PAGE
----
But academia is only one piece of college, the other piece comprises social life. In keeping with the theme of uniqueness, Grove City likes to make sure its student body is distinct from any other college. It keeps itself homogeneous. Like I first did, some may think this is a good thing; likeminded people with similar backgrounds coming together to discuss ideas and problems. You knew the perspectives of other students. However, this doesn?t challenge you perception of the world at all. What Grove City has become is an amalgamation of moderately wealthy, white, homeschooled, Presbyterian kids. Anything else is simply not tolerated. To test this, walk up to any Biblical and Religious studies major and tell them you are Pentecostal and you will be lucky to walk away without having others question your very salvation. And God forbid you went to public school. If it gets out that you have, people will begin to question your basic ability to reason correctly.
Most kids here are either socially stunted or repressed. Because so many people have been homeschooled for the majority of the time when the socialization process takes place, they do not know how to interact with other people other than to argue with them as their parents have taught them. This helps greatly in the formation of cliques throughout the student body. Once these cliques are established on the freshmen halls your first year, they are very hard to break unless you participate in Greek life. Even then, most of the groups are self-selecting as only certain halls will look at specific Greek groups. All this to say, you don?t meet many people and none of them challenge you in any way. The biggest challenge most Grovers will face is arguing with a Catholic or debating whether free-will or predestined interpretation of the Bible is correct.
So, now that friend groups are established, what do you do for fun? Well, not much. As a guy, you can sit in your room and play video games until you are numb, play some sport on one of the fields if the weather doesn?t prohibit you from doing so, or do homework. That?s about it. As a true to definition dry campus, there is no night life, unless you know where to look. This undergrounds the whole night scene. Not only does this make for some dangerous nights but it also opens you up to major consequences if caught by the school, especially if you are underage. And don?t let your fellow, non-party going Grovers know that you do go out. Some of them may try to turn you in, or at the very least constantly harp on you for imbibing the devils drink.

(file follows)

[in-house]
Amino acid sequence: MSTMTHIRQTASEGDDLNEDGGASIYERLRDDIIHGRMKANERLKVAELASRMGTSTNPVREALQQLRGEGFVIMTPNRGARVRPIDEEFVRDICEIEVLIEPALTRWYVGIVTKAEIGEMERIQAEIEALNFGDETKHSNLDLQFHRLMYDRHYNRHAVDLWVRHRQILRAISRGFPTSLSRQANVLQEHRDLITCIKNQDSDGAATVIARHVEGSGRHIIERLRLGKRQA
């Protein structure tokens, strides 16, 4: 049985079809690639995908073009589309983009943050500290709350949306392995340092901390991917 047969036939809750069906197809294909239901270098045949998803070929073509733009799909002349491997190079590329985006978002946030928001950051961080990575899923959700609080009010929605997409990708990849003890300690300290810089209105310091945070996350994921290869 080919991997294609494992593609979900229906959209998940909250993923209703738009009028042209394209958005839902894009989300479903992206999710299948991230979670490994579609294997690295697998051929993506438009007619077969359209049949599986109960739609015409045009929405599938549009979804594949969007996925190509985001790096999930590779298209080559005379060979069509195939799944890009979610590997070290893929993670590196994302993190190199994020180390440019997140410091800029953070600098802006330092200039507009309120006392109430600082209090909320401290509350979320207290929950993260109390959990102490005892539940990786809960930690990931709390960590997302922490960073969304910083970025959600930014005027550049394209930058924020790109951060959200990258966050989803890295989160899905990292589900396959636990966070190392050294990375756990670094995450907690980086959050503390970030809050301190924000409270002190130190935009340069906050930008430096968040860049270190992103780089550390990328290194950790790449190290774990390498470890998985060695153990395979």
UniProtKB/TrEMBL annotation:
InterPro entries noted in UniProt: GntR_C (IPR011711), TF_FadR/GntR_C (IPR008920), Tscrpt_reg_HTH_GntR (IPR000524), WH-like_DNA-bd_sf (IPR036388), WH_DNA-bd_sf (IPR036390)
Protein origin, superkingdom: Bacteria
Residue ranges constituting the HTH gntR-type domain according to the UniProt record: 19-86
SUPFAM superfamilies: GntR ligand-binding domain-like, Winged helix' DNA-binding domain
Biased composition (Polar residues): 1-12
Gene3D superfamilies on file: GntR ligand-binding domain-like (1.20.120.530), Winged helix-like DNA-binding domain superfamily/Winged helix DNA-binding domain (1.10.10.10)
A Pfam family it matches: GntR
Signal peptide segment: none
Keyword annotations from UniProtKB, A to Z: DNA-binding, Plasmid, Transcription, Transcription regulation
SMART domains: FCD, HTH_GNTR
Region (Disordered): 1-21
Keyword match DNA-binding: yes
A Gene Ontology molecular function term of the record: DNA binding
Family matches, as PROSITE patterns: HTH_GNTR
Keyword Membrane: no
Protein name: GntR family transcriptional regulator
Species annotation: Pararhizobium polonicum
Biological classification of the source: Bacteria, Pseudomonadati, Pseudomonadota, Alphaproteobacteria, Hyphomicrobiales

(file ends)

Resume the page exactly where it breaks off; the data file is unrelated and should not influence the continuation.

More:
For enduring all this, whether good or bad, you do get a diploma. It is how you go about utilizing this which is most troublesome. As a small liberal arts college in northwestern Pennsylvania, no one outside of Pittsburgh has heard of the college. So when approached by an applicant who has gone to Grove ?City College?, employers will typically wonder how the person sitting in front of them only earned a 2.x at a rural city college. The same goes for graduate schools until they see your test scores. Then they simply wonder why a decently bright individual could earn that low of a GPA at a no name school. A good example of this is the accounting students. The big 4 recruit for UPenn with a minimum of a 3.0 GPA to submit your application. With the average accounting student earning less than a 3.0, they are not even eligible to submit their application. Grove City administrators will continually try to pound in that they offer an academically rigorous education. Unless you are an engineer, don?t believe them. Better educations can be had elsewhere at similar prices.Grove City may be a unique place, but don?t expect to grow, learn, or experience much there.